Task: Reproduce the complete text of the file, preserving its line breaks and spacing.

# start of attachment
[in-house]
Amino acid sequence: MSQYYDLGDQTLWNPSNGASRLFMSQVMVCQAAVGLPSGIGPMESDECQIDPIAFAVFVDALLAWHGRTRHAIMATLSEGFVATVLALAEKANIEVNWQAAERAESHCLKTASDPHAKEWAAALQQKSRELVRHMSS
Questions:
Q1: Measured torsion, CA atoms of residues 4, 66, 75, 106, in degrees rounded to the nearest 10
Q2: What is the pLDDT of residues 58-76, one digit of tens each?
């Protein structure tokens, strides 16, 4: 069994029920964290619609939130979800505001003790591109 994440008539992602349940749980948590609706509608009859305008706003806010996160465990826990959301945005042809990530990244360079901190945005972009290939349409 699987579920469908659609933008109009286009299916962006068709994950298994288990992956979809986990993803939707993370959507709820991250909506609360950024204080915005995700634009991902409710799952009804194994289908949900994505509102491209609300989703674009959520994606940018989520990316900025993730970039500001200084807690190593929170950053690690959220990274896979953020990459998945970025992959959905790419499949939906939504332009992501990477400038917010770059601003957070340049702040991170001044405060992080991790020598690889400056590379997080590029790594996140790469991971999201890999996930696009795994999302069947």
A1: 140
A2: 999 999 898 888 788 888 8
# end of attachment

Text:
[in-house]
Amino acid sequence: MSQYYDLGDQTLWNPSNGASRLFMSQVMVCQAAVGLPSGIGPMESDECQIDPIAFAVFVDALLAWHGRTRHAIMATLSEGFVATVLALAEKANIEVNWQAAERAESHCLKTASDPHAKEWAAALQQKSRELVRHMSS
Questions:
Q1: Measured torsion, CA atoms of residues 4, 66, 75, 106, in degrees rounded to the nearest 10
Q2: What is the pLDDT of residues 58-76, one digit of tens each?
């Protein structure tokens, strides 16, 4: 069994029920964290619609939130979800505001003790591109 994440008539992602349940749980948590609706509608009859305008706003806010996160465990826990959301945005042809990530990244360079901190945005972009290939349409 699987579920469908659609933008109009286009299916962006068709994950298994288990992956979809986990993803939707993370959507709820991250909506609360950024204080915005995700634009991902409710799952009804194994289908949900994505509102491209609300989703674009959520994606940018989520990316900025993730970039500001200084807690190593929170950053690690959220990274896979953020990459998945970025992959959905790419499949939906939504332009992501990477400038917010770059601003957070340049702040991170001044405060992080991790020598690889400056590379997080590029790594996140790469991971999201890999996930696009795994999302069947």
A1: 140
A2: 999 999 898 888 788 888 8